About the Book:
Dante De Luz's steel was forged in his youth, in the crucible of harsh losses and triumphant love. But that steel gets tested like never before as the revelation of a family secret presents the young Catholic priest with the toughest challenge of his life, with stakes that can't get any higher.
This unique tale of relentless love offers a profound look at the mercy of God as revealed through the trials of one man and the failures and flaws in his family line.
Wrapped within the plot line is a thought-provoking love story that reveals the power of authentic and pure romantic love to see beyond social classes and materialism.
“Wing Tip is the compelling story of how one man refuses to allow a stunning revelation about his very identity to destroy his life, but amid much struggle, transforms the dark revelation into a restoration of a lost soul,” says literary critic Leticia Velasquez, Catholic Media Review. “It allows the reader a rare glimpse into the inner workings of the heart of a fervent priest."
“Through the life of one man, Wing Tip journeys with the reader into the adventure of God’s relentless pursuit of His lost sheep,” says Father Paul Sullivan, director of vocations for the Diocese of Phoenix. “So relatable, so enjoyable, this book will leave the reader to consider the enduring joys that come with living God’s will in the situation that we find ourselves in and the legacy that we will leave when at last we are called home.”
The book begins with an almost deathbed scene. Fr. Dante's mother is elderly and frail and not long for this world. He has heard her confession and now wants to give her Communion. She refuses, and says that she needs to go to confession, there is something she has withheld, but she wants a different priests. Fr. Dante calls another priest who hears her confession, and shortly thereafter, she dies. After the funeral the other priest gives him a letter that his mother dictated, a letter that tells her secrets. Fr. Dante then makes contact with the other person mentioned in the letter. The book is the story of Fr. Dante's life and this man's life along with the lives of Dante's mother and father.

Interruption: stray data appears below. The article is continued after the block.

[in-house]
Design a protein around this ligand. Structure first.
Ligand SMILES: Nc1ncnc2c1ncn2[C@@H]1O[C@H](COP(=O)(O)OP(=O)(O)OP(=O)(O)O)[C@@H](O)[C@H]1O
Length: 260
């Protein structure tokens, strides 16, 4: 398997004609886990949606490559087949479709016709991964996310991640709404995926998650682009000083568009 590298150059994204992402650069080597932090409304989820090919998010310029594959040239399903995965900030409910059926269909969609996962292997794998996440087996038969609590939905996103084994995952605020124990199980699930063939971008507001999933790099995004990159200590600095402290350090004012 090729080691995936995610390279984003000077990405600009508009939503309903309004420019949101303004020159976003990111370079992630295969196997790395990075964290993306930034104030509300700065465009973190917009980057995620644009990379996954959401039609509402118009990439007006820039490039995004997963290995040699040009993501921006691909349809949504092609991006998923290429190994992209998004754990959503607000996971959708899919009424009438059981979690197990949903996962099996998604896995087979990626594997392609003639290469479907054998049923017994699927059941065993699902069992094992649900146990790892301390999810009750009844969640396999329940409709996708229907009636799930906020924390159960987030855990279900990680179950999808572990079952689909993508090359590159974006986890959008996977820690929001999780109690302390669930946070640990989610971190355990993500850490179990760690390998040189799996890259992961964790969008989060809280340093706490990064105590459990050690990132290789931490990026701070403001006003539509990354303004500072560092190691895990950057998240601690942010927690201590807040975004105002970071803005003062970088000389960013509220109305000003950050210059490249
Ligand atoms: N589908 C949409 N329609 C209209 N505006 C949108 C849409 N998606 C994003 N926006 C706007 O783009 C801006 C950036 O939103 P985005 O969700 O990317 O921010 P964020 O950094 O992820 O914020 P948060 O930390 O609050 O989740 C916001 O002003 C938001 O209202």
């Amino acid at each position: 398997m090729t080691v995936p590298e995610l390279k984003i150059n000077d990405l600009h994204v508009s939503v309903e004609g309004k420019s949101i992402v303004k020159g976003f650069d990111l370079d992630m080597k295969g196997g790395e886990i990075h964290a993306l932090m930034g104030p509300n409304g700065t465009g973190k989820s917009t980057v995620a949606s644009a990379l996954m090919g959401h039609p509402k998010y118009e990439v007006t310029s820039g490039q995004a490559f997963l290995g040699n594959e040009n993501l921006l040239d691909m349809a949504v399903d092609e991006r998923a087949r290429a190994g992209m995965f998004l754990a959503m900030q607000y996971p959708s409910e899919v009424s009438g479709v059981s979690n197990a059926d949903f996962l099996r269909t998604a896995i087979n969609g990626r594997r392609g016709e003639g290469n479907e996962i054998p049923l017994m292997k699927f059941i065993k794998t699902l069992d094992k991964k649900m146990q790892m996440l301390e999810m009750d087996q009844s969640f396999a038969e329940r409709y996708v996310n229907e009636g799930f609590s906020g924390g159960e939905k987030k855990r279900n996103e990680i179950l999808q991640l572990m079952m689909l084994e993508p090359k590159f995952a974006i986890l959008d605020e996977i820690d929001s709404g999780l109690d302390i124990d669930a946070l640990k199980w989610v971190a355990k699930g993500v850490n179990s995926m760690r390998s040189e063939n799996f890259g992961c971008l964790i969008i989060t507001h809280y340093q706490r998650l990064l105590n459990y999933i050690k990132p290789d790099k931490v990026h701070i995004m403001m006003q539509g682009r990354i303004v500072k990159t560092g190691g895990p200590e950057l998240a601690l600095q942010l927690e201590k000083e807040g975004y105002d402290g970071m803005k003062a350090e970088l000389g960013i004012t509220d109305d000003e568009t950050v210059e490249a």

I found the book to be an engaging read that very overtly presented Catholic doctrine and practice. I liked Fr. Dante and would love for him to be assigned to my parish (not that I have any problems with my current pastor). The Catholic church and the sacraments were clearly presented as the means by which Jesus reaches us to save us.
That being said, the book had editing problems. Dante's mother is described in the opening scene (which happens in the present day) as frail and old, but the beginning of the story took place when she was twenty-nine. At that time, she knew a man who had WNBA tickets (the league started in 1996), she listened to Sonny and Cher songs on the car radio including I've Got You Babe ( a 1965 hit--and Sonny and Cher split in 1975) and there is a reference to Farrah Fawcett vs Cheryl Ladd (Charlie's Angels 1975-1981). Ten year old Dante and his mother go to Mass and hear "We proclaim your death, oh Lord and proclaim (sic) your resurrection, until you come again". Also, the window Fr. Dante has on his mother's past is a letter she dictated while on her deathbed. Fr. Dante then uses this letter to tell his mother's story to the other person mentioned in the letter. There was far too much story; far too much detail for such a letter. Had the letter directed him to journals or to other people who would know details, it would have made more sense.
There are times I wanted to give this book an "A" because of the beauty of the writing alone, and other times that I almost rolled my eyes at things that seemed to be put in the story just to give Boas a chance to inform her readers about another aspect of Catholicism. While I enjoyed the story, it is definitely the story of the spiritual life of a priest and as readers we listen to Fr. Dante speaking to penitents in the confessional, counselling unbelievers and encouraging believers.
I'd like to thank Catholic Word for providing a review copy of this book. I was not obligated to provide a positive review. Grade: B-
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